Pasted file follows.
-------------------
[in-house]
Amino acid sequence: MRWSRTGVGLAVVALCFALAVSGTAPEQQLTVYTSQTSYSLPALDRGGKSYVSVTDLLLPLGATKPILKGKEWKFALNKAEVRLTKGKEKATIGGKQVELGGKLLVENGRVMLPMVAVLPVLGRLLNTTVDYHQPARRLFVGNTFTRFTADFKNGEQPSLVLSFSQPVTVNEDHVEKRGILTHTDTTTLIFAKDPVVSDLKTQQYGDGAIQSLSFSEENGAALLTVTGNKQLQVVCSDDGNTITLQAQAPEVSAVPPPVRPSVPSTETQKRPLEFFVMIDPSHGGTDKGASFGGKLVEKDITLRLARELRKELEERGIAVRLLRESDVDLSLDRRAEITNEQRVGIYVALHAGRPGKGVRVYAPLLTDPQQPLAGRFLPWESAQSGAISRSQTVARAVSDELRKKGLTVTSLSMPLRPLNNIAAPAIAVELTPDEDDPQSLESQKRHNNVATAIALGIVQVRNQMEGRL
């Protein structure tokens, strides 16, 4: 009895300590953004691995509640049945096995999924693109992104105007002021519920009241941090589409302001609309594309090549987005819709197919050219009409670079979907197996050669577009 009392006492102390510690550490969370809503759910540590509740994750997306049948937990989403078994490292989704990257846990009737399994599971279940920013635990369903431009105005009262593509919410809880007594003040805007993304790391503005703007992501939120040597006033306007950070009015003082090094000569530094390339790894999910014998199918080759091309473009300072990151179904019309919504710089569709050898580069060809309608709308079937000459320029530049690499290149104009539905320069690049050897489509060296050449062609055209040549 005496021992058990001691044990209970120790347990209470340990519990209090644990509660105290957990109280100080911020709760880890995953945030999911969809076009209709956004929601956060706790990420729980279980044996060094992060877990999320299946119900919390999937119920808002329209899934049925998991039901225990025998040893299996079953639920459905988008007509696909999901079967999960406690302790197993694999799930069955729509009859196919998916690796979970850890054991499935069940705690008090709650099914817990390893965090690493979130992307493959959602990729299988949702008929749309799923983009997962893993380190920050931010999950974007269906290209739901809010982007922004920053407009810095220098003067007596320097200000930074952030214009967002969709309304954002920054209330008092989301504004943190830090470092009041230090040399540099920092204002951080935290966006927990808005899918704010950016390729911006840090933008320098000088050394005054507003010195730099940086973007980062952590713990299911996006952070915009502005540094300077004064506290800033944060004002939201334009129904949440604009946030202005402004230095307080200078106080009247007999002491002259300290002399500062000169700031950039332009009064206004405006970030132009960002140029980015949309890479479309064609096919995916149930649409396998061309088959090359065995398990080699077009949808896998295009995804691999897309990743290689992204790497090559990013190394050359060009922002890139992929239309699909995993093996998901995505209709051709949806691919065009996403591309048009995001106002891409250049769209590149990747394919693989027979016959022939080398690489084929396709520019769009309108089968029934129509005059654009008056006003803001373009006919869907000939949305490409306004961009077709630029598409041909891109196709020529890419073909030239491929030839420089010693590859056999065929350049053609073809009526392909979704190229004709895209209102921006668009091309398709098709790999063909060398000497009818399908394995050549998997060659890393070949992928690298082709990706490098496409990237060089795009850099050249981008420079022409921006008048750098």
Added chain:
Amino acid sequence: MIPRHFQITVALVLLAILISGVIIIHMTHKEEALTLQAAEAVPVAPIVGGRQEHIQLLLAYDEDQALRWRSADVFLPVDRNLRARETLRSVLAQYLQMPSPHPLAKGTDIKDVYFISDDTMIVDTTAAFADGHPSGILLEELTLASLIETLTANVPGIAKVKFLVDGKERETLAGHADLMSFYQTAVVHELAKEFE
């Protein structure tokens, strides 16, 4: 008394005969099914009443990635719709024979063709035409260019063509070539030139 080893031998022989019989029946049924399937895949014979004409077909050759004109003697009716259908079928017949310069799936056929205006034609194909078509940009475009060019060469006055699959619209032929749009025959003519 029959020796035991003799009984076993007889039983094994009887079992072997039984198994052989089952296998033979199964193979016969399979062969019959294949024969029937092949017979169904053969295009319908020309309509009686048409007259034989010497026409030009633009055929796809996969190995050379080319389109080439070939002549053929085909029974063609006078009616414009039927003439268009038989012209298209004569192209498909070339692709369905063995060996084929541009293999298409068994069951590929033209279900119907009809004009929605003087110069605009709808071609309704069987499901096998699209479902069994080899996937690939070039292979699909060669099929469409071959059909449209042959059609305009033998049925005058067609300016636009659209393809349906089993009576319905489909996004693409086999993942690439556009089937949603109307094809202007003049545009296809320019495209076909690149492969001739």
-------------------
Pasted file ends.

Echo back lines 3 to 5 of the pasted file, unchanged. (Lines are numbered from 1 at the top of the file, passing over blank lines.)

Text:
């Protein structure tokens, strides 16, 4: 009895300590953004691995509640049945096995999924693109992104105007002021519920009241941090589409302001609309594309090549987005819709197919050219009409670079979907197996050669577009 009392006492102390510690550490969370809503759910540590509740994750997306049948937990989403078994490292989704990257846990009737399994599971279940920013635990369903431009105005009262593509919410809880007594003040805007993304790391503005703007992501939120040597006033306007950070009015003082090094000569530094390339790894999910014998199918080759091309473009300072990151179904019309919504710089569709050898580069060809309608709308079937000459320029530049690499290149104009539905320069690049050897489509060296050449062609055209040549 005496021992058990001691044990209970120790347990209470340990519990209090644990509660105290957990109280100080911020709760880890995953945030999911969809076009209709956004929601956060706790990420729980279980044996060094992060877990999320299946119900919390999937119920808002329209899934049925998991039901225990025998040893299996079953639920459905988008007509696909999901079967999960406690302790197993694999799930069955729509009859196919998916690796979970850890054991499935069940705690008090709650099914817990390893965090690493979130992307493959959602990729299988949702008929749309799923983009997962893993380190920050931010999950974007269906290209739901809010982007922004920053407009810095220098003067007596320097200000930074952030214009967002969709309304954002920054209330008092989301504004943190830090470092009041230090040399540099920092204002951080935290966006927990808005899918704010950016390729911006840090933008320098000088050394005054507003010195730099940086973007980062952590713990299911996006952070915009502005540094300077004064506290800033944060004002939201334009129904949440604009946030202005402004230095307080200078106080009247007999002491002259300290002399500062000169700031950039332009009064206004405006970030132009960002140029980015949309890479479309064609096919995916149930649409396998061309088959090359065995398990080699077009949808896998295009995804691999897309990743290689992204790497090559990013190394050359060009922002890139992929239309699909995993093996998901995505209709051709949806691919065009996403591309048009995001106002891409250049769209590149990747394919693989027979016959022939080398690489084929396709520019769009309108089968029934129509005059654009008056006003803001373009006919869907000939949305490409306004961009077709630029598409041909891109196709020529890419073909030239491929030839420089010693590859056999065929350049053609073809009526392909979704190229004709895209209102921006668009091309398709098709790999063909060398000497009818399908394995050549998997060659890393070949992928690298082709990706490098496409990237060089795009850099050249981008420079022409921006008048750098």
Added chain:
Amino acid sequence: MIPRHFQITVALVLLAILISGVIIIHMTHKEEALTLQAAEAVPVAPIVGGRQEHIQLLLAYDEDQALRWRSADVFLPVDRNLRARETLRSVLAQYLQMPSPHPLAKGTDIKDVYFISDDTMIVDTTAAFADGHPSGILLEELTLASLIETLTANVPGIAKVKFLVDGKERETLAGHADLMSFYQTAVVHELAKEFE